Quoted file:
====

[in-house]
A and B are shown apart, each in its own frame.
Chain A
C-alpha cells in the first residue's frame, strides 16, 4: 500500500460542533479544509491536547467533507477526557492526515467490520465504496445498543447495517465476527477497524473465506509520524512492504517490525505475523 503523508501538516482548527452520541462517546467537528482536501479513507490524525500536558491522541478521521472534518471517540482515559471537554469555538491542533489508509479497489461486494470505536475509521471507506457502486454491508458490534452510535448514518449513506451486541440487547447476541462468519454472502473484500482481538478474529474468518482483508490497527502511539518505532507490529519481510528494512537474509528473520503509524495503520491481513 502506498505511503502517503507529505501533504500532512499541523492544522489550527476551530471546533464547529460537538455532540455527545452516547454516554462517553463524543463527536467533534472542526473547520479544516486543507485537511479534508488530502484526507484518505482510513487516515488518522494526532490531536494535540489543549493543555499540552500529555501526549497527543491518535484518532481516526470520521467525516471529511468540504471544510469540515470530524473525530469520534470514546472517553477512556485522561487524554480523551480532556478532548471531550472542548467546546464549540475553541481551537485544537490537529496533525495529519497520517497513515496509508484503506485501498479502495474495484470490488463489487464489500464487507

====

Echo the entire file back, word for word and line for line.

[in-house]
A and B are shown apart, each in its own frame.
Chain A
C-alpha cells in the first residue's frame, strides 16, 4: 500500500460542533479544509491536547467533507477526557492526515467490520465504496445498543447495517465476527477497524473465506509520524512492504517490525505475523 503523508501538516482548527452520541462517546467537528482536501479513507490524525500536558491522541478521521472534518471517540482515559471537554469555538491542533489508509479497489461486494470505536475509521471507506457502486454491508458490534452510535448514518449513506451486541440487547447476541462468519454472502473484500482481538478474529474468518482483508490497527502511539518505532507490529519481510528494512537474509528473520503509524495503520491481513 502506498505511503502517503507529505501533504500532512499541523492544522489550527476551530471546533464547529460537538455532540455527545452516547454516554462517553463524543463527536467533534472542526473547520479544516486543507485537511479534508488530502484526507484518505482510513487516515488518522494526532490531536494535540489543549493543555499540552500529555501526549497527543491518535484518532481516526470520521467525516471529511468540504471544510469540515470530524473525530469520534470514546472517553477512556485522561487524554480523551480532556478532548471531550472542548467546546464549540475553541481551537485544537490537529496533525495529519497520517497513515496509508484503506485501498479502495474495484470490488463489487464489500464487507